Tuesday, October 17, 2006

Zombie Honeymoon

"Mawage. Mawage is wot bwings us togeder tooday. Mawage,that bwessed awangment, that dweam wifin a dweam..." (The Impressive Clergyman from "The Princess Bride"). And yes, mawage er, I mean marriage is the focal point of today's review, because today we're reviewing "Zombie Honeymoon".









To be honest, I was as surprised by the quality of this film as I was with the outcome of "Hood of the Living Dead". But where Hood was a total disappointment, Zombie Honeymoon was unexpectedly good. This was even more surprising given that Honeymoon was a Showtime production. After looking over the back cover of the DVD and seeing the "Showtime" label, I expected 83 minutes bad plot focusing on putting as much nudity and gore on screen as possible. Not that there's anything wrong with nudity and gore, but a good plot helps keep a movie together. And while there is some nudity and lots of gore, it doesn't detract from the fact that this movie is in fact, a tale of love.

With zombies.




The newlyweds, Danny and Denise. Don't they look like nice people?






This movie brought up several questions with the Spored to Death viewing audience. I do have a "staff" of sorts. Mostly these are the people I subject these bad movies to on a regular basis. You, the proud and tortured few, have the right to be part of the Spored to Death publishing experience. Also, consider yourselves permanent interns, as I have no way to pay any of you. Although, on second thought, the word "intern" has such ugly implications. I much prefer a different, though less politically correct term.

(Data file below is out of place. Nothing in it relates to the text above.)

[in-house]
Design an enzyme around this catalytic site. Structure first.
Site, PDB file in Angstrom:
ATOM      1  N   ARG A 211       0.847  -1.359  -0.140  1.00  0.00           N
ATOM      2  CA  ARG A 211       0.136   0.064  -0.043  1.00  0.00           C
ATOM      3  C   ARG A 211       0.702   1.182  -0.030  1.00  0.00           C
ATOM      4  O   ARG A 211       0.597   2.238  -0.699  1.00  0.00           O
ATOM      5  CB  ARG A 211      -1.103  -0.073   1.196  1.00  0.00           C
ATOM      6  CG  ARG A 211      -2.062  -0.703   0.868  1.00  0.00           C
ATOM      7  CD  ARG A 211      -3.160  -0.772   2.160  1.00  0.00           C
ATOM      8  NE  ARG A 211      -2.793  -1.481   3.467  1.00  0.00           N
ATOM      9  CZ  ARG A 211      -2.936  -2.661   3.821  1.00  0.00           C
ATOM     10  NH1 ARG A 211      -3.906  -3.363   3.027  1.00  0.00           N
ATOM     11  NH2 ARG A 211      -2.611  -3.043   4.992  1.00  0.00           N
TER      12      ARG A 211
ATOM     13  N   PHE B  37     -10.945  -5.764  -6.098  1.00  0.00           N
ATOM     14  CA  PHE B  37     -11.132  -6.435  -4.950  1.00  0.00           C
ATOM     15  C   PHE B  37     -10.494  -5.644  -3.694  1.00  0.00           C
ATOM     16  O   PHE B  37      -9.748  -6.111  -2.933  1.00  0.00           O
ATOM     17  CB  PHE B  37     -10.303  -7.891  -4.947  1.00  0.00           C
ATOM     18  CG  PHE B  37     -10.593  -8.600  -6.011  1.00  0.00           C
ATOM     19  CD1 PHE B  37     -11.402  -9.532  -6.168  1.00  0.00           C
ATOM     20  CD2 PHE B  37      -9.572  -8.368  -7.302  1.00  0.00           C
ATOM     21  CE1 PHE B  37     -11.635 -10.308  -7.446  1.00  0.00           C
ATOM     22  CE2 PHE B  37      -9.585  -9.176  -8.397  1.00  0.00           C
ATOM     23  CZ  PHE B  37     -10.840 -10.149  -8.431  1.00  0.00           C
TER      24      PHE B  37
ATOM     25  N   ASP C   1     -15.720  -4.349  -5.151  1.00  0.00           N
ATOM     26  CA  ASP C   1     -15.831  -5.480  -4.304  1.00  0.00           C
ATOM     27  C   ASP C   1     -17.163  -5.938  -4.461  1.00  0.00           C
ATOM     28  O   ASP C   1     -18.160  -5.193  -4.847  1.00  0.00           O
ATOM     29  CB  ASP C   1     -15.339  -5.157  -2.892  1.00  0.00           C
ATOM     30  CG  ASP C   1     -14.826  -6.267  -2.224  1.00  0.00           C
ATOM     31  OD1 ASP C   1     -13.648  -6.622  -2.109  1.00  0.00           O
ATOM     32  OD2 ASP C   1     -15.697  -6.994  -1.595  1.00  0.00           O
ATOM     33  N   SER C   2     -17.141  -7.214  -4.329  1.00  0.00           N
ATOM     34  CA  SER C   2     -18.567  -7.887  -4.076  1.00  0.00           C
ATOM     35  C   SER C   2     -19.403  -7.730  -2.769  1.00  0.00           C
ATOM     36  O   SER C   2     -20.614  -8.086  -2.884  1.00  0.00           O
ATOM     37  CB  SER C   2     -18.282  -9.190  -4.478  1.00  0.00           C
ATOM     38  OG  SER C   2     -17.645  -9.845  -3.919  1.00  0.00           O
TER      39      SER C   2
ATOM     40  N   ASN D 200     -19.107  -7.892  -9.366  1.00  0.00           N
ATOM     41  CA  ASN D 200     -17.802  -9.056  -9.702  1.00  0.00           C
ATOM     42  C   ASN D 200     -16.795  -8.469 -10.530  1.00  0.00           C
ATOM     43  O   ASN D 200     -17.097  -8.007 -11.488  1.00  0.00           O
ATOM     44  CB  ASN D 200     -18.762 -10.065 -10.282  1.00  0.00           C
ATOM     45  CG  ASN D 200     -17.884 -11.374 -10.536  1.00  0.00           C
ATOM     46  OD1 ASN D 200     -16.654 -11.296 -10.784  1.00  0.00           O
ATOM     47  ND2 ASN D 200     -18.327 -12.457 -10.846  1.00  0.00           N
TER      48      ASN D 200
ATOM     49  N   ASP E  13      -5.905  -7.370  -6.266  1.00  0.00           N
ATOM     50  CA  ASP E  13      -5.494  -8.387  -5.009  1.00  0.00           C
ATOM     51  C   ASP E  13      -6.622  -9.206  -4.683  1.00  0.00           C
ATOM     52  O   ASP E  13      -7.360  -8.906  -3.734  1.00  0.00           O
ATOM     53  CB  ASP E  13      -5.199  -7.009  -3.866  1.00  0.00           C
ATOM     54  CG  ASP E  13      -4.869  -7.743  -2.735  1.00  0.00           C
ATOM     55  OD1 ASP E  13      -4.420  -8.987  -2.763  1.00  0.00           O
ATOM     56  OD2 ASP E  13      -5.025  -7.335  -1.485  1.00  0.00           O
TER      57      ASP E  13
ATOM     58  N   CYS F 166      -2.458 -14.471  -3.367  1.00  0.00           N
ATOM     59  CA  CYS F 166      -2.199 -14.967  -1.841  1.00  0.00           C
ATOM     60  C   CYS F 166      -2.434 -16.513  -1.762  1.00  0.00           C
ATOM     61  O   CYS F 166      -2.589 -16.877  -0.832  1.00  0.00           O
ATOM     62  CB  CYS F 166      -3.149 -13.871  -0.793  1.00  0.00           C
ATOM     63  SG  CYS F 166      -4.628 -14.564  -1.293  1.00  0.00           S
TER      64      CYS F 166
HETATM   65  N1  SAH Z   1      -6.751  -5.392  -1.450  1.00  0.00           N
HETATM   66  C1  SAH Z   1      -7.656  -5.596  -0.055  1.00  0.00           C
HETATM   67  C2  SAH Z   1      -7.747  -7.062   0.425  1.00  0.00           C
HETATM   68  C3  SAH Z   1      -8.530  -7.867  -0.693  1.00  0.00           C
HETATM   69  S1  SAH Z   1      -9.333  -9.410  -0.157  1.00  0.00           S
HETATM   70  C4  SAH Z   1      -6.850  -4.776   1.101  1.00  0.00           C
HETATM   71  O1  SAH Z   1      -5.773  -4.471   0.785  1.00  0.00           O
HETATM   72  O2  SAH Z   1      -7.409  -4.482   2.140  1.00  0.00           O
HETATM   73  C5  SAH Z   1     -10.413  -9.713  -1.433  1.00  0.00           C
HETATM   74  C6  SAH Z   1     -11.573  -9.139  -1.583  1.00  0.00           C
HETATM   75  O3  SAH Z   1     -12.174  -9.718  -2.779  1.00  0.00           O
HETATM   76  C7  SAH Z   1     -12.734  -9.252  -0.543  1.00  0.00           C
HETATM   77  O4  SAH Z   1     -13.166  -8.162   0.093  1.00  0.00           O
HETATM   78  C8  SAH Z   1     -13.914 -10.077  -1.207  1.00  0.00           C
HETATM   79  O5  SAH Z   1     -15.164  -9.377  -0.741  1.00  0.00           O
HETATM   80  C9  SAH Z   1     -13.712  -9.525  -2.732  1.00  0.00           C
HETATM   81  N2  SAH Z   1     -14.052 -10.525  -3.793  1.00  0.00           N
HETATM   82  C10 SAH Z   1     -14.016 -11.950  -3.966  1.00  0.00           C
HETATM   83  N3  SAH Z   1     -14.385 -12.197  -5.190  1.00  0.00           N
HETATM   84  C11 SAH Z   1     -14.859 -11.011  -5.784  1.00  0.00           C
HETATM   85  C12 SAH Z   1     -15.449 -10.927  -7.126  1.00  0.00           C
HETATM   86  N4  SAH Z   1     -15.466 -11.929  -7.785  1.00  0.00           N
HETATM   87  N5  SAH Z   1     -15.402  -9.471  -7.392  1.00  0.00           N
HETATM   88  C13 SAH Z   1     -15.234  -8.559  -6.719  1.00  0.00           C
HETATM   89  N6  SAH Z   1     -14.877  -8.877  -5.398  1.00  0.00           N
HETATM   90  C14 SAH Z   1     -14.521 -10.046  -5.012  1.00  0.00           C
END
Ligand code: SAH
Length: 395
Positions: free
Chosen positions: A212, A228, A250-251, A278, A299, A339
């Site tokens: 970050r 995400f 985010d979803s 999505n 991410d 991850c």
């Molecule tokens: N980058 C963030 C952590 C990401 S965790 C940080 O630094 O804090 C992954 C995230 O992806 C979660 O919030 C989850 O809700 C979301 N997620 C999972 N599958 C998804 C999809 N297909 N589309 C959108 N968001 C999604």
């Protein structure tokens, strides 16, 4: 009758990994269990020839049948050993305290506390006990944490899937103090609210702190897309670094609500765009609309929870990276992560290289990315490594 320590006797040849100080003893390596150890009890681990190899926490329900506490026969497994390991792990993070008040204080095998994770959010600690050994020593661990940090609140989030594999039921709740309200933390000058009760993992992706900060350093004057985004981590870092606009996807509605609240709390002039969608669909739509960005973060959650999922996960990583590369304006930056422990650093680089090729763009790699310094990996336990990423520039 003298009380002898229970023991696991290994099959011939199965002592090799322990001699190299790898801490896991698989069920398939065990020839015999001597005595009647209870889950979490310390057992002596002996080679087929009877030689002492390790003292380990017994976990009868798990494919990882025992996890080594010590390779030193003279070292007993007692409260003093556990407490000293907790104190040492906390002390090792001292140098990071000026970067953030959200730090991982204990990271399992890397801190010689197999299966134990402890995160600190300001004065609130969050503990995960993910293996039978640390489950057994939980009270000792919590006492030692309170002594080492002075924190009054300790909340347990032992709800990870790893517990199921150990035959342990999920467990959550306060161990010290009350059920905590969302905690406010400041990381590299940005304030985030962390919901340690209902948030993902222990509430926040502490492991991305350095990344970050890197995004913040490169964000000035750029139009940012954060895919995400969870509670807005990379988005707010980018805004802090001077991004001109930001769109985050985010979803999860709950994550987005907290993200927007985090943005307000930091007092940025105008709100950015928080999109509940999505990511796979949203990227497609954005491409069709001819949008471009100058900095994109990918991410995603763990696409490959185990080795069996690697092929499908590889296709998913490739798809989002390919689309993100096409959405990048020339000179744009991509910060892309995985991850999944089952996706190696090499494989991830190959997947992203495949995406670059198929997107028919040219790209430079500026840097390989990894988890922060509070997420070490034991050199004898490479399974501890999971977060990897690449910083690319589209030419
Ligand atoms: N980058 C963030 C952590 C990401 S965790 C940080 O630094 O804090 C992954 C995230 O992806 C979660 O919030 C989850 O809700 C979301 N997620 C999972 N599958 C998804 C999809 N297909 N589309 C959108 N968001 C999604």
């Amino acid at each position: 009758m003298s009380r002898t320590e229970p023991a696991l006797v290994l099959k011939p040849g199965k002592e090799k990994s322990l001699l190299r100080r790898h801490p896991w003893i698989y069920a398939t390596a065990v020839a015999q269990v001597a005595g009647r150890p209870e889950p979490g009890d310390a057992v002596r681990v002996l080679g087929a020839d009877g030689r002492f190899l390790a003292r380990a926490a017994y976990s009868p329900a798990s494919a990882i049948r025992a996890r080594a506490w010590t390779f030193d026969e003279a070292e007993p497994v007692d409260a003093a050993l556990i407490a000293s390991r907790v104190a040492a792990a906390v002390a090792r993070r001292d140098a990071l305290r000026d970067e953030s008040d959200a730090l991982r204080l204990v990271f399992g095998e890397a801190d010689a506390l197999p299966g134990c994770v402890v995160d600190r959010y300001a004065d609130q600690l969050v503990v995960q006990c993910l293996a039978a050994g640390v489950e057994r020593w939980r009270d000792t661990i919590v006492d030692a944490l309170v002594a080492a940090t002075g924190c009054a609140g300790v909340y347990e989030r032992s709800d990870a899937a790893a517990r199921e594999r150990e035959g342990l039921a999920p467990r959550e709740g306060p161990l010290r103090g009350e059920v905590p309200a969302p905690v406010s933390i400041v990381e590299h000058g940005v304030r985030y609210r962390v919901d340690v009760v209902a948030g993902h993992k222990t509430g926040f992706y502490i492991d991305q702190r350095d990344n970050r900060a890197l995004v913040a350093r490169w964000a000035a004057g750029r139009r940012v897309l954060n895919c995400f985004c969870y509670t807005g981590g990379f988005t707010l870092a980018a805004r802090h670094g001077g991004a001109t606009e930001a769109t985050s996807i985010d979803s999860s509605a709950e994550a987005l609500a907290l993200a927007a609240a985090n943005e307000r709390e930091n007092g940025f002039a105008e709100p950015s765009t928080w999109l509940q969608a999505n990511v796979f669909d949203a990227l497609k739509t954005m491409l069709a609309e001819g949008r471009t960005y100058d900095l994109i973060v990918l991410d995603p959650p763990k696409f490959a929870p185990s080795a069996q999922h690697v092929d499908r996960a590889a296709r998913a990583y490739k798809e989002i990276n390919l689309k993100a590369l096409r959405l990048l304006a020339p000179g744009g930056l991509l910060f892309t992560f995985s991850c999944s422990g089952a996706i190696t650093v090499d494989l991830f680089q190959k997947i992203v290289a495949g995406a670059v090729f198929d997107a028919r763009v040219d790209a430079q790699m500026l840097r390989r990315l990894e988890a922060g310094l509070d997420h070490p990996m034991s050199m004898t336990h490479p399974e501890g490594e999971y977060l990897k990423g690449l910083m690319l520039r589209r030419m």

Think of yourselves as "minions".

The most prominent question of the night posed by my minions was this: If you were just married and your husband was attacked by a zombie and developed an insatiable craving for human flesh, would you stand by your man? According to this movie, yes, you would. Also of note are the following questions:

If you are attacked by a zombie and are turning, would you be able to avoid eating your wife because of the strong bonds of love that you feel for her?

Do vegan's make good zombies?

Can a zombie vegan still get sick from eating a steak?




For the record, vegan zombies who eat a cooked steak do still get sick. And it ain't pretty.





Can you do the horizontal mambo with a zombie husband?

Can a zombie who's turning cover up their newly acquired eating habits?





Caught red handed.






Can you ever really hide anything from your wife? Like that flesh eating addiction you're trying to deal with.




"Honey, I think I may have a problem."




So as you may have guessed, our young couple Danny and Denise who are played by Graham Sibley and Tracy Coogan, run into a bit of zombie trouble on their honeymoon. Once Danny has unwillingly ingested the goopy blood of the undead, he dies and suddenly comes back to life. That'll teach a young couple not to lie on a beach in New Jersey while minding their own business!






Never sleep on the beach in New Jersey. You'd know that if you weren't too busy sunning yourself on "The O.C."